When many people think of needles, they picture the hypodermic syringes they’ve seen in the hospital or a doctor’s office, and most first-time acupuncture patients express their relief and amazement at how painless a treatment can be. The needles Dr. Nawei uses are as fine as one or two strands of hair, and after so many years of experience, her technique is sure and precise. Whereas there occasionally may be some temporary discomfort, it is almost never enough for patients to forego the many benefits of acupuncture.

 

Is there any danger of infection from the needles?

Absolutely not. Dr. Nawei uses only sterile, individually sealed, one-time-use acupuncture and hypodermic needles (for Acupuncture Point Injection Therapy).

 

What happens during a typical acupuncture treatment, how will I feel, and how long will it last?

In a typical session, Dr. Nawei first reviews and discusses any changes in a patient’s symptoms. Then, depending on the areas to be treated, the patient finds the position in which he or she can best relax. Dr. Nawei carefully inserts the acupuncture needles, and when she is sure the patient is comfortable, she turns on some soothing music and dims the lights. The patient rests for about half an hour and ordinarily slips into a deep state of repose. Afterwards, Dr. Nawei or her trained assistant removes the needles, and the patient dresses.

 

How will I feel after a typical acupuncture treatment?

Patients usually feel relaxed and centered immediately after acupuncture therapy, and many report a heightened sense of well-being. This indicates that the treatment has stimulated the body’s remarkable ability to heal itself.

Some are inclined to go home and rest, having found that this reinforces the effect of Dr. Nawei’s efforts. Others feel invigorated and jump right back into the day’s activities. You will know what is best for you if you listen to your body.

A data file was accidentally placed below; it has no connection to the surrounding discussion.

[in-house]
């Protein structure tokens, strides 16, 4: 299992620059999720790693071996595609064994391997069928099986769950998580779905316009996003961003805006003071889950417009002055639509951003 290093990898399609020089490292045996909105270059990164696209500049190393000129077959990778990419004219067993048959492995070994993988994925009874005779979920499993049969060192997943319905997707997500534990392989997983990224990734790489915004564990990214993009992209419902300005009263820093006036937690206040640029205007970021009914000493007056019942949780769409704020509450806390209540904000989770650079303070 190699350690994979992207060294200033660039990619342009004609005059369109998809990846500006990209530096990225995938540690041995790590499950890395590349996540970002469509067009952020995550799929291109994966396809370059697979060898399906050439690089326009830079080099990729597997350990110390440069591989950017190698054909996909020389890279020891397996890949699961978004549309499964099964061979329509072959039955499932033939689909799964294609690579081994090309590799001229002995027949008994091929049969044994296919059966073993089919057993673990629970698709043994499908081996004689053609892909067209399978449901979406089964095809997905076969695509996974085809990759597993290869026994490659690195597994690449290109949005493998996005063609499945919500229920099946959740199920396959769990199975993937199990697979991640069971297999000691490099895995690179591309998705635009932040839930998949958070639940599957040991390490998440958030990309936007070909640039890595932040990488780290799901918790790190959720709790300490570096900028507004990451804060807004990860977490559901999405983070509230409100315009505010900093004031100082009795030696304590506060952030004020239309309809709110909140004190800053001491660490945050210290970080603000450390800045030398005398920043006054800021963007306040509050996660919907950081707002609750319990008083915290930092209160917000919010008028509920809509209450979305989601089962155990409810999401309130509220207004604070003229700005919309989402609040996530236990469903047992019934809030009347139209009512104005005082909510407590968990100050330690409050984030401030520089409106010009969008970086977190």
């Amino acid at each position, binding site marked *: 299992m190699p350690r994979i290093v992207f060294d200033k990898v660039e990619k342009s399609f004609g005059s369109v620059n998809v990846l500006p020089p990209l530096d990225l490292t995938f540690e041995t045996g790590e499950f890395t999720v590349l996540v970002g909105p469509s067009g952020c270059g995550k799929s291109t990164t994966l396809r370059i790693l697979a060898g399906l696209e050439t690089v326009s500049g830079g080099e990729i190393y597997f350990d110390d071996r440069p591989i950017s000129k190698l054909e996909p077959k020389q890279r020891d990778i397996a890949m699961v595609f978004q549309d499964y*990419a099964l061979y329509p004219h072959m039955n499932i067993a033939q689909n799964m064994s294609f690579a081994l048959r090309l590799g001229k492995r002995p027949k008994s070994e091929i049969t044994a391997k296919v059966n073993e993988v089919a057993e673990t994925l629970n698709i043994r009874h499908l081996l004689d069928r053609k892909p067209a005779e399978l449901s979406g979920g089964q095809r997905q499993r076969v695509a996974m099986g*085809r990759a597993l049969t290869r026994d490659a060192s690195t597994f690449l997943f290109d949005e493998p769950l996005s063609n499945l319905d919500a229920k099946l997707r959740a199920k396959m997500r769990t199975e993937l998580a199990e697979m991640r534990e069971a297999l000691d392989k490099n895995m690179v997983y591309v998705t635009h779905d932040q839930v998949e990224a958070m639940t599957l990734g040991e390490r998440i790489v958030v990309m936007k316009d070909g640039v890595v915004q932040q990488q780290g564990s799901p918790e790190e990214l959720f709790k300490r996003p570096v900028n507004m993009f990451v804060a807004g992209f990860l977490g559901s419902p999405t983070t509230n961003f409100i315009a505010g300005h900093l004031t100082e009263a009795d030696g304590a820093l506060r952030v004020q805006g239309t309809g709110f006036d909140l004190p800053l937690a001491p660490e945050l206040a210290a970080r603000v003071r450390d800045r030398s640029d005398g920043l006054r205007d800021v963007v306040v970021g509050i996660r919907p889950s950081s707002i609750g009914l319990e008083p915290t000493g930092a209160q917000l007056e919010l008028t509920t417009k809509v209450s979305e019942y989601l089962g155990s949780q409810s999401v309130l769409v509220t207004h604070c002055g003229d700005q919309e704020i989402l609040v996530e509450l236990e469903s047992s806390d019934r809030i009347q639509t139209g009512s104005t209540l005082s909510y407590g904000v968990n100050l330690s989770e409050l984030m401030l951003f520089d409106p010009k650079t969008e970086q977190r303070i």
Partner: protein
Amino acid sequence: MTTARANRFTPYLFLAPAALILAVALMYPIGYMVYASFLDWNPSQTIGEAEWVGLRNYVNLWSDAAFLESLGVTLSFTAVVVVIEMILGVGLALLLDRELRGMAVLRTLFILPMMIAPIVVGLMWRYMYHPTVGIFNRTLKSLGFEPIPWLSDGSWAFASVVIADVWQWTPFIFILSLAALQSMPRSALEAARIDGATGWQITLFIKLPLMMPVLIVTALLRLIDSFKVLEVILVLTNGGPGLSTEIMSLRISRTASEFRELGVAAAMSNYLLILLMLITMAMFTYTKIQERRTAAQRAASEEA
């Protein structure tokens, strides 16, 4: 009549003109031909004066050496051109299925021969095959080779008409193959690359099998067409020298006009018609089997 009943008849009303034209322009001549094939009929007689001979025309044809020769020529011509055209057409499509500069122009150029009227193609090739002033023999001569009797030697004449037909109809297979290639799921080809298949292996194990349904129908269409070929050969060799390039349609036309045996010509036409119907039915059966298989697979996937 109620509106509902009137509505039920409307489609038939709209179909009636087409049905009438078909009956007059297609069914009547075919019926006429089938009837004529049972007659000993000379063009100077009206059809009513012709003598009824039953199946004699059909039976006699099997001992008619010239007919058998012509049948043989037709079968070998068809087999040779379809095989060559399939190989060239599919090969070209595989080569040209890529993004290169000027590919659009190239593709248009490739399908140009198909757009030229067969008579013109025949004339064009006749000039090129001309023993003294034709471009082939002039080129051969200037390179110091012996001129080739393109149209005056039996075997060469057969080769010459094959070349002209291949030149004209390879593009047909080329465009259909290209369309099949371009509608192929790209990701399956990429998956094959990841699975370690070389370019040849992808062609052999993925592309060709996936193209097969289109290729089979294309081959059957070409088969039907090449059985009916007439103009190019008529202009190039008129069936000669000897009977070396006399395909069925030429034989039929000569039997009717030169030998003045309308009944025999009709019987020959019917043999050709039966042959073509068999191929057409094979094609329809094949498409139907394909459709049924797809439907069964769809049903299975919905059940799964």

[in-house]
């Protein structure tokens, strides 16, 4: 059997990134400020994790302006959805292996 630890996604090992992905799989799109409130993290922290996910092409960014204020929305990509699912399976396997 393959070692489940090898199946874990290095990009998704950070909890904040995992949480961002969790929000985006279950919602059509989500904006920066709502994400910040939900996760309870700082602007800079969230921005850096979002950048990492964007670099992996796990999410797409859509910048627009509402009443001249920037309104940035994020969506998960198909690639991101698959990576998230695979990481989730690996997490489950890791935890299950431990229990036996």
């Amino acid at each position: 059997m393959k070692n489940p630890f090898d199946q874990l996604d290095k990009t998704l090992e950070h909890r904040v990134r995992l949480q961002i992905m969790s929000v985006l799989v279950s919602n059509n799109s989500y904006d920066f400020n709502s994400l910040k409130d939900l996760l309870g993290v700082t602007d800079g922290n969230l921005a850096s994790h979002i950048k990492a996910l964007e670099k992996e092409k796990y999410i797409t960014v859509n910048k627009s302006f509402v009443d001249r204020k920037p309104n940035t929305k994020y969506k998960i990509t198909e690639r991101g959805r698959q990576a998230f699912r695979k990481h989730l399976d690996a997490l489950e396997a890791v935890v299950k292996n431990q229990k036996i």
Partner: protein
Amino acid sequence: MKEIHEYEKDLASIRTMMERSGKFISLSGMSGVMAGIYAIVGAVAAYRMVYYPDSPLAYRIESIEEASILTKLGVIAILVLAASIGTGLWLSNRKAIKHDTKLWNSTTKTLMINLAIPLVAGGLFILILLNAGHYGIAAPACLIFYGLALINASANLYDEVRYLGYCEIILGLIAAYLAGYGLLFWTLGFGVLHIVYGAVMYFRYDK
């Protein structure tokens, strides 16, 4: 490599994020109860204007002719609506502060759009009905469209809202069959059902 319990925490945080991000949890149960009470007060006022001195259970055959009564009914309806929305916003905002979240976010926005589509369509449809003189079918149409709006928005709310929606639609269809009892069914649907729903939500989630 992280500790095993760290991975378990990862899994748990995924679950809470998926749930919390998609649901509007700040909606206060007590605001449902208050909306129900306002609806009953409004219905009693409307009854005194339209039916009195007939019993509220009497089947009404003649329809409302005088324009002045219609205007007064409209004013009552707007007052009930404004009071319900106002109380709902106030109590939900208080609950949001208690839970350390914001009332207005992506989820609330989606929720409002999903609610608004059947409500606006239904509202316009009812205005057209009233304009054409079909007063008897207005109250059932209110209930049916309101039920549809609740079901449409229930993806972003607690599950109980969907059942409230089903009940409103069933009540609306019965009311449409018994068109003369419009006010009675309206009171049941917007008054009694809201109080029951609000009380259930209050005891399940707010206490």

Although those suffering from chronic, severe conditions may respond more gradually, after a treatment most of Dr. Nawei’s patients experience rapid and noticeable relief from their symptoms. 

 

How often will I need treatments, and how many treatments are necessary for my condition?

Dr. Nawei creates a customized, dynamic treatment strategy for each patient. She considers many factors, including how long the patient has delayed treatment, how long he or she has been suffering from his or her condition, whether that condition has been complicated by surgery or prescription drugs, and how readily the patient responds to traditional Chinese medicine. The resolution of an acute, persistent, or chronic condition may require a commitment to a series of treatments; less tenacious issues such as muscle spasms, however, can often be addressed in a single session.

The patients whose conditions improve the fastest are generally those willing to make the kind of lifestyle and dietary adjustments that will best support their healing process.

 

Do I have to “believe in” acupuncture for it to work?

Many Americans regard the use of acupuncture and Chinese herbal formulas as mystical and vaguely religious, in the same general category as incense-burning, chanting, saffron robes, and the quest for esoteric, transcendental states. Let us disabuse you of that myth. Traditional Chinese medicine is a rigorously scientific discipline upon which billions of people have relied to manage their physical and emotional well-being, and it predates Hippocrates, the Greek “Father of Western Medicine,” by at least ten centuries.